Gregory Bull, Associated Press
Move-up buyers are catching a break.
They’re facing a less frantic housing market than earlier this year. Prices are cooling. More homes are up for sale, so competition is easing. Those shopping for their next property actually can get picky.
Economists say homes are expected to continue appreciating, though at a slower pace, and mortgage rates likely will tick up next year. But there’s uncertainty on the horizon. New lending rules could make it tougher for some who have accrued significant debt to get a loan in 2014.
Many interested trade-up shoppers chose to watch the recent frenzied market from the sidelines. It may be time to update your house-hunting strategy.
The Orange County Register asked agents, mortgage brokers and home builders to offer advice to those looking to move up sooner than later.
Here’s what they said.
1. Homebuyers have juice again; use it.
The housing mix still favors sellers, though it’s not as lopsided as during the first part of the year. “Homes are not flying off the market,” said Steve Thomas of ReportsOnHousing. He noted that the dramatic, month-to-month run-up in prices has stopped. And autumn sales usually are slower than in the spring or summer.
Buyers can make a deal dependent on their own home sale now, agents say, or they can request a credit on a home inspection without having to worry the seller will simply move on to the next offer. And home seekers now have more options and can focus on more choice properties.
“As we transition from a seller’s market to a buyer’s market, buyers must be thinking resale, (so) you want to pick the home with the least flaws,” said Jeff Stokes, broker associate with Coldwell Banker Previews International in Newport Beach, Calif.
2. Keep a close eye on interest rates.
The California Association of Realtors predicts the interest rate on a traditional 30-year, fixed-rate mortgage will increase to 5.3 percent next year, up from an average of 4.1 percent in 2013.
But interest rates could decline or hold steady in coming months, the National Association of Mortgage Brokers says. The group cheered the Federal Reserve’s recent decision to not lower its amount of monthly bond purchases. “The strategic move keeps interest rates low and helps continue to attract buyers to the housing market,” said association President Don Frommeyer.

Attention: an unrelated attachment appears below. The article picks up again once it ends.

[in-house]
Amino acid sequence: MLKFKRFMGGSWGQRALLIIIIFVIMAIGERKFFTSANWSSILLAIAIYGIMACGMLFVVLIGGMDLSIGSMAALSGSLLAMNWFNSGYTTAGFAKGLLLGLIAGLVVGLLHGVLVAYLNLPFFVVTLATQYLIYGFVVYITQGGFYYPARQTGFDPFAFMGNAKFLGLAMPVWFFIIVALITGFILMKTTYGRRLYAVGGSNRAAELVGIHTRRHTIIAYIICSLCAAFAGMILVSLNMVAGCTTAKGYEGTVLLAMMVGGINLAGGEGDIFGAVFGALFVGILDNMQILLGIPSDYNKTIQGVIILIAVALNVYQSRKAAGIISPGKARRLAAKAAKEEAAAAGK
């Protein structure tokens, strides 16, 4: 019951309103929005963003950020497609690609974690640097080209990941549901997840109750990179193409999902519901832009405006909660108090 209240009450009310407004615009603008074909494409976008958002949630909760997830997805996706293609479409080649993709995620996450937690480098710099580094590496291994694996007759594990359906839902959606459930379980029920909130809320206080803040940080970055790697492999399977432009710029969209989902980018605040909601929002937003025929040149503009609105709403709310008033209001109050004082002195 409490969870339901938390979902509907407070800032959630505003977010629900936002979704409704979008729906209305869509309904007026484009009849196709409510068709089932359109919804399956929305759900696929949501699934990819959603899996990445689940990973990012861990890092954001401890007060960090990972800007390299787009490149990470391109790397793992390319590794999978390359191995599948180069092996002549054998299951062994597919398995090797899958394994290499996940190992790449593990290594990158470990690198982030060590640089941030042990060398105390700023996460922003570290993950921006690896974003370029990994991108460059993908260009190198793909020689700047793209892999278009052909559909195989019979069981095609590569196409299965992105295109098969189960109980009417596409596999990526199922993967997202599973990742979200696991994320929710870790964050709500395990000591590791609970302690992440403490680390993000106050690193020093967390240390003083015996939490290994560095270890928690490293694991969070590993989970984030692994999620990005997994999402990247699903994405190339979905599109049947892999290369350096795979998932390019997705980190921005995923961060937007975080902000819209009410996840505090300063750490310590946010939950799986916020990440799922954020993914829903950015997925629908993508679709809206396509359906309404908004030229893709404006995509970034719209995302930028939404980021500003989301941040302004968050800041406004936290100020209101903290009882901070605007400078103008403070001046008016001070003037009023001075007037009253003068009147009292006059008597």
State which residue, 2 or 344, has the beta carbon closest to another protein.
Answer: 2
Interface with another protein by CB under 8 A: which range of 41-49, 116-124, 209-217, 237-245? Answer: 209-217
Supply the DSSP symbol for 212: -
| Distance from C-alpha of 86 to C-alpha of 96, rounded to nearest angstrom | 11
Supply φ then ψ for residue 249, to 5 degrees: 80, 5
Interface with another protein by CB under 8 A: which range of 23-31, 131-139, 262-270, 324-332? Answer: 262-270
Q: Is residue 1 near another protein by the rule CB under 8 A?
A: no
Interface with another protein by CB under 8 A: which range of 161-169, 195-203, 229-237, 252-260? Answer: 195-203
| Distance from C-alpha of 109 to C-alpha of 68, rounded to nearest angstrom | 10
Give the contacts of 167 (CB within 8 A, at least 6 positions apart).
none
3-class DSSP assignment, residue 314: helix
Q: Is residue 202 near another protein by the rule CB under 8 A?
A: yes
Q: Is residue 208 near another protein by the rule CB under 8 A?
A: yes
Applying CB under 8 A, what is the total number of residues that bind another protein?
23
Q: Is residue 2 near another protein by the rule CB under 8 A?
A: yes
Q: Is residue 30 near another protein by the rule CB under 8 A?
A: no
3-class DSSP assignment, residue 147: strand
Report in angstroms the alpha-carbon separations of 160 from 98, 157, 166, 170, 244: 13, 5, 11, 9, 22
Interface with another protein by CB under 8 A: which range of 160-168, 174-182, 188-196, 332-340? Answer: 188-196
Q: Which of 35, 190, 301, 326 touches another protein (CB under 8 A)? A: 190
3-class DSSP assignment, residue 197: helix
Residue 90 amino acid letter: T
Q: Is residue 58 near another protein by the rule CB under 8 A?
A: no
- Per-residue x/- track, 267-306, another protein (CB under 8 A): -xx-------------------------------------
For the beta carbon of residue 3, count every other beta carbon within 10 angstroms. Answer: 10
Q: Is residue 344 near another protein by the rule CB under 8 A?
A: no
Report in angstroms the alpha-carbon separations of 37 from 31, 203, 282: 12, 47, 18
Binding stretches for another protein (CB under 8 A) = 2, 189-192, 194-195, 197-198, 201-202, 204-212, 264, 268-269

The Fed is expected to start tapering bond purchases next year, sending interest rates up again.
3. Also watch for new mortgage regulations.
In January, new provisions in the Dodd-Frank Wall Street Reform and Consumer Protection Act take effect. The rules prohibit practices common before the financial crisis, such as “no doc” or interest-only loans, and require lenders to verify that prospective borrowers can afford to repay their mortgages. Many lenders are expected to issue “qualified” mortgages, which give lenders greater legal protection and require that borrowers meet stricter rules, such as a 43 percent debt-to-income ratio.
Under the new rules, some lenders say, fewer people would be able to get home loans. Consult a mortgage professional to discuss other upcoming changes in the law and all your options — and do it well before you’re ready to sign a contract.
4. Price your current home to sell fast.
- Down payment for love: How to think about the...
- 15 jobs that are safe from the robot takeover
- 'Deseret News National Edition': Common Core,...
- 10 celebrity couples who have made marriage work
- Freelancers and millennials help usher in the...
- 6 financial moves to prevent sleepless nights
- 3 ways insurers can still avoid covering the...
- 10 jobs you can get right now
- 10 things to know about corporate... 32
- It's about time the government... 12
- Freelancers and millennials help usher... 11
- 'Deseret News National Edition': Common... 9
- Cantwell targets small business loan... 4
- Applications for US unemployment aid... 4
- Down payment for love: How to think... 2
- US consumer spending dips 0.1 percent 1